Wednesday’s launch of The Daily, Rupert Murdoch’s iPad-exclusive newspaper, brought changes to the iTunes terms of service that accommodate in-app subscriptions, a new feature utilized by News Corp.’s digital publication.
The Daily is a free iPad download, but accessing its content requires a one-time payment of forty bucks for a year’s worth of access. Alternatively, readers can opt for recurring 99-cent-a-week payments.
The latter is a first for iTunes, but there’s a catch that doesn’t immediately become apparent when iTunes puts up a dialogue requiring you to accept new terms of service. Nobody reads this legal mambo jumbo and many will just hit the Accept button without giving it a second thought.
But take a closer look and you’ll realize you’re giving Apple your approval to send your name, email address and ZIP code to third parties:
The wording is a bit ambiguous, but it appears you cannot subscribe to in-app content without choosing to share your information beforehand. It gets worse: Apple takes no responsibility for the Licensor’s actions.
The new policy is an 180-degree turn for the iPhone maker that used to pride itself with treating iTunes customer information with the utmost confidentiality. iPhone apps had been unable to access your billing information in the past because middleman Apple – which runs the App Store, controls the iTunes accounts and takes care of the billing process – would prohibit this.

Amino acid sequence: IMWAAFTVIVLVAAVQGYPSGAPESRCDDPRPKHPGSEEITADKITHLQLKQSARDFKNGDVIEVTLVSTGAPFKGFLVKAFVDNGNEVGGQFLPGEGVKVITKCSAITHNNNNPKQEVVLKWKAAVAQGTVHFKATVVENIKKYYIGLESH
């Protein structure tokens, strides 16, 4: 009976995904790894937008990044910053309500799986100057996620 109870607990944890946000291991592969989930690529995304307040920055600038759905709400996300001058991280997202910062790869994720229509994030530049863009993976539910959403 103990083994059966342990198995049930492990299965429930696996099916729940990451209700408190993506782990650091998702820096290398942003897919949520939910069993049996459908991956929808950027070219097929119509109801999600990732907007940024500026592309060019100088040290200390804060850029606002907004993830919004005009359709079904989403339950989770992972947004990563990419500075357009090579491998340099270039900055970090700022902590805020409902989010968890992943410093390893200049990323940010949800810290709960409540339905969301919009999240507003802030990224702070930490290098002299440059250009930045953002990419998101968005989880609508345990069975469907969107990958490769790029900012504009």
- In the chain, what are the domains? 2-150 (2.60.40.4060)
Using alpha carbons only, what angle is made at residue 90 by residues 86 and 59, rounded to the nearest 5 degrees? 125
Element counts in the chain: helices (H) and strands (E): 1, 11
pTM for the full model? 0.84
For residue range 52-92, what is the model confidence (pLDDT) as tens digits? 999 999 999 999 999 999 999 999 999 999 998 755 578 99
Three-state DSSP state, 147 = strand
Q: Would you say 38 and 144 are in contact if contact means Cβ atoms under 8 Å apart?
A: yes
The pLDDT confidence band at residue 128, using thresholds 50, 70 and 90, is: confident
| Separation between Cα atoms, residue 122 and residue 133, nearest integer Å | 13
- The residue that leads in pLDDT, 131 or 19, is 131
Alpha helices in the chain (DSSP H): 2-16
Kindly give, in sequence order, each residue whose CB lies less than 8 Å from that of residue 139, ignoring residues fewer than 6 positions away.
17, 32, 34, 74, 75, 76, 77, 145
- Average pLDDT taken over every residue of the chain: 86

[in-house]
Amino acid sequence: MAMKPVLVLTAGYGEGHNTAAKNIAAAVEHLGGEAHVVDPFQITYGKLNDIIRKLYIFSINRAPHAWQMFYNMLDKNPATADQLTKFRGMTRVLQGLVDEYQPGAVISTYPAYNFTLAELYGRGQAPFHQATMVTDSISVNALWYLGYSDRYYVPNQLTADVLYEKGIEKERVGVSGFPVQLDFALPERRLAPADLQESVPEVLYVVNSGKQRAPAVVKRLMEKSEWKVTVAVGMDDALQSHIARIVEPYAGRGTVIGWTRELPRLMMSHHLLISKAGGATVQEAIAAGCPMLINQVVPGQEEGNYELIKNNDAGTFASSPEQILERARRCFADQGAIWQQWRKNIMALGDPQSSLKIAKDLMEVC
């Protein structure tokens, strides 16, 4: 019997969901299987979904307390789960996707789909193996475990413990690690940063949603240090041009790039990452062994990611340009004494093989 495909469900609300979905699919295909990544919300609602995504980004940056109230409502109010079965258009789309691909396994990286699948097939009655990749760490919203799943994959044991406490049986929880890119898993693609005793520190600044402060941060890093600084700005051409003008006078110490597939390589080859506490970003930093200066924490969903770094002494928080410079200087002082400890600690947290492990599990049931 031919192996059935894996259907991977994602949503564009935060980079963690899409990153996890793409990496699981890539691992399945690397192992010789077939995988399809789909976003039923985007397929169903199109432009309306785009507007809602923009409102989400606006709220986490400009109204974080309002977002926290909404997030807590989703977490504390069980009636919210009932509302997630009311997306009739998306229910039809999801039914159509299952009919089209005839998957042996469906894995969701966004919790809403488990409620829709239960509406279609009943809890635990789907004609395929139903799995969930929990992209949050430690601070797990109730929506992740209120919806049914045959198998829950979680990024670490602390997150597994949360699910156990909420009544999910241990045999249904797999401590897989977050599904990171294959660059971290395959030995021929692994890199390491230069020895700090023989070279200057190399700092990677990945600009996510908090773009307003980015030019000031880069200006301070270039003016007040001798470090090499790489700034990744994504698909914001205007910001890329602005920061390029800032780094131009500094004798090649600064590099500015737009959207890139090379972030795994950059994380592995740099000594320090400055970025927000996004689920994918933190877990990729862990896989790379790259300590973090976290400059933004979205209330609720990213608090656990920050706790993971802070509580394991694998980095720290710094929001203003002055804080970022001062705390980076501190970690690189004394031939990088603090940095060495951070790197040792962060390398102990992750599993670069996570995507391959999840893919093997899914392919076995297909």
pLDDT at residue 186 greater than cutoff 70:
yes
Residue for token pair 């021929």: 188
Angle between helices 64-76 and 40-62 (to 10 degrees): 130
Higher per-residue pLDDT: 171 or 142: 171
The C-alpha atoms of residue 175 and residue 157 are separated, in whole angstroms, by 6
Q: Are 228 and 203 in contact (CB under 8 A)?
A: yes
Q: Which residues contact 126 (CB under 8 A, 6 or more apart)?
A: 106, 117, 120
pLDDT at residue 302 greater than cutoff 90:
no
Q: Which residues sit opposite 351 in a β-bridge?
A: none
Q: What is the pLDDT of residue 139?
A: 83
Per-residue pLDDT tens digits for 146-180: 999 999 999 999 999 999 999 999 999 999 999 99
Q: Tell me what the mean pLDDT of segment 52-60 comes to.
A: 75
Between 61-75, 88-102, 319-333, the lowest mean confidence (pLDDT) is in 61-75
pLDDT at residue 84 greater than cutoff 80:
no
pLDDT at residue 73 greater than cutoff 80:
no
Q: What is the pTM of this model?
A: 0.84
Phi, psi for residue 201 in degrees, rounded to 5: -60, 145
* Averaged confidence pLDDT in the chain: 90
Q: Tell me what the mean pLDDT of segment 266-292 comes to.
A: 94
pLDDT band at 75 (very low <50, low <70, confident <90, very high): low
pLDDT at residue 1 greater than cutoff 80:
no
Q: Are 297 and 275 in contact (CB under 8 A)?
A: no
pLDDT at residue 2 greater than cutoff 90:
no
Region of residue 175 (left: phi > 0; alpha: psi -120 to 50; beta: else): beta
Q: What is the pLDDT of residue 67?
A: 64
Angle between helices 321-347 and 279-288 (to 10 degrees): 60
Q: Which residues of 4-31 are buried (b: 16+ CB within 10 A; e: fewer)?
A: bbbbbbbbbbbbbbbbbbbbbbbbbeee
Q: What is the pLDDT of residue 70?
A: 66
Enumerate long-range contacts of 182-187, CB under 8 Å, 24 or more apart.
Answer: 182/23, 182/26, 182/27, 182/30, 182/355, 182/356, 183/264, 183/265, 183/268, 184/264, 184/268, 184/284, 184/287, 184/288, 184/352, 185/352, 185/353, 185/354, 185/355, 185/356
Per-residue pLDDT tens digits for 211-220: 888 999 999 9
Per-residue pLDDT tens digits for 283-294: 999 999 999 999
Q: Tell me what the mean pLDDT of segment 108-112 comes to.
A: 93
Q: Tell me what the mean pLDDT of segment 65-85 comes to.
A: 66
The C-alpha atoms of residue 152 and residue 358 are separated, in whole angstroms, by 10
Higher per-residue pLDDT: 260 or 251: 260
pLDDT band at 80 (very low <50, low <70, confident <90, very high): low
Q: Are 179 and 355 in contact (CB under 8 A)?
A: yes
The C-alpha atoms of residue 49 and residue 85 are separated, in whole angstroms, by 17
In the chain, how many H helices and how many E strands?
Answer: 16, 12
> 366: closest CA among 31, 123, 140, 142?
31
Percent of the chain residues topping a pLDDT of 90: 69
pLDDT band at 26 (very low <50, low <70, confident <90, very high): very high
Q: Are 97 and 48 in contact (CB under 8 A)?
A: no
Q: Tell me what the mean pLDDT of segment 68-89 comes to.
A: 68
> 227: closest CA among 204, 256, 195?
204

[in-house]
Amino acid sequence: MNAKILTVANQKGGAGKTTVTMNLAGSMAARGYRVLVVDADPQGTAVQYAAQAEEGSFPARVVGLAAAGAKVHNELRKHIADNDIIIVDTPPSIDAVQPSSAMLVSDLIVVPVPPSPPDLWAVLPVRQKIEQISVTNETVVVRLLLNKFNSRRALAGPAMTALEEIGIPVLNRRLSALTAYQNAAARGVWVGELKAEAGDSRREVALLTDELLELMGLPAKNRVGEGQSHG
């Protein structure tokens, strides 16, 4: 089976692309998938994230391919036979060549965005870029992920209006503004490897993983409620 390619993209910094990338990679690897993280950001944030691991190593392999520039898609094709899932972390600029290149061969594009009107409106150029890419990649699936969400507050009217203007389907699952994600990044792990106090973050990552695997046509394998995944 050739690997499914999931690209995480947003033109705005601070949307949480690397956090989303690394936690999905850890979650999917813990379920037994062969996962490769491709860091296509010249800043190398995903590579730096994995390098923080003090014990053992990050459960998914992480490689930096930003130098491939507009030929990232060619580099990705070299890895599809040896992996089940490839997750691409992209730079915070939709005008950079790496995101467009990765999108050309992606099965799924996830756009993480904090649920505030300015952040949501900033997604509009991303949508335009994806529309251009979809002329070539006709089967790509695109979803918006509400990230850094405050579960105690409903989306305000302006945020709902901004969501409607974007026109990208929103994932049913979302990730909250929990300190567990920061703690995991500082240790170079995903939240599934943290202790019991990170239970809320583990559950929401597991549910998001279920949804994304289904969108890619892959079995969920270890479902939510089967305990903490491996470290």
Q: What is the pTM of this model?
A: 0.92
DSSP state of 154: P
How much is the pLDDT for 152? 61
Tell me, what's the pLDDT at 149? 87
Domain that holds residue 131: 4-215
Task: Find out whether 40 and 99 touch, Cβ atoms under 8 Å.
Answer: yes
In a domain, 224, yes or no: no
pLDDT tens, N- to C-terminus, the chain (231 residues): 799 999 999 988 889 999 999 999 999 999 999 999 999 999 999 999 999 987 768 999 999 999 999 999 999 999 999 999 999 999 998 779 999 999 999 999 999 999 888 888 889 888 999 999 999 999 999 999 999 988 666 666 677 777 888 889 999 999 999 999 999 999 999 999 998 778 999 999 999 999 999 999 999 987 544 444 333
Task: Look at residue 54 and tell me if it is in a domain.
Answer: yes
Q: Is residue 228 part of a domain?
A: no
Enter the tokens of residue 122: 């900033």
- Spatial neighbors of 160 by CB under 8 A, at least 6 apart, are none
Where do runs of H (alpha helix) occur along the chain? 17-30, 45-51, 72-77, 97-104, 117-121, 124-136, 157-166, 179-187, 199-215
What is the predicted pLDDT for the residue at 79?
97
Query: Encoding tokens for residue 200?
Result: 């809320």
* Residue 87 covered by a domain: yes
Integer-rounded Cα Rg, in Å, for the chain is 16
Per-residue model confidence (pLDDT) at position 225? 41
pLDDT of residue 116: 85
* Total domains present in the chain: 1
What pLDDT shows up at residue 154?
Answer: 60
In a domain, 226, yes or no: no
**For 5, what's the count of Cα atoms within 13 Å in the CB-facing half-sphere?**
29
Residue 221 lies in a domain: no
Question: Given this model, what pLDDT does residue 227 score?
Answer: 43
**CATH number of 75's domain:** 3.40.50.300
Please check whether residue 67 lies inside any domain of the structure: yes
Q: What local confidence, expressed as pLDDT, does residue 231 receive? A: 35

But magazine and newspaper publishers were reportedly courting Apple to come up with sensible ways of using your information for marketing and advertising. Your ZIP code, for example, can help an advertiser that bought ad slot in The Daily to limit an ad’s exposure to California readers. Apple’s iTunes chief Eddie Cue promised at The Daily unveiling to detail the new paid subscriptions feature in due time, possibly next week.
Meanwhile, European publishers reportedly feel betrayed by Apple and plan an emergency summit later this month in London to assess the situation. Apple is expected to open their doors to other publishers and that might pave the way for a rumored digital newsstand in iTunes. The mention of the non-existent Manage App Subscription option in the updated terms of service throws some weight behind the rumor, as does Apple’s recent rejection of Sony’s e-reader app.
I can confirm the new iTunes policy that hit me in the face when I tried downloading an app the other day. Strangely enough, the updated iTunes Terms of Service on Apple’s site wasn’t updated with new information at press time. I’ve included the segment about paid subscriptions for your reference below.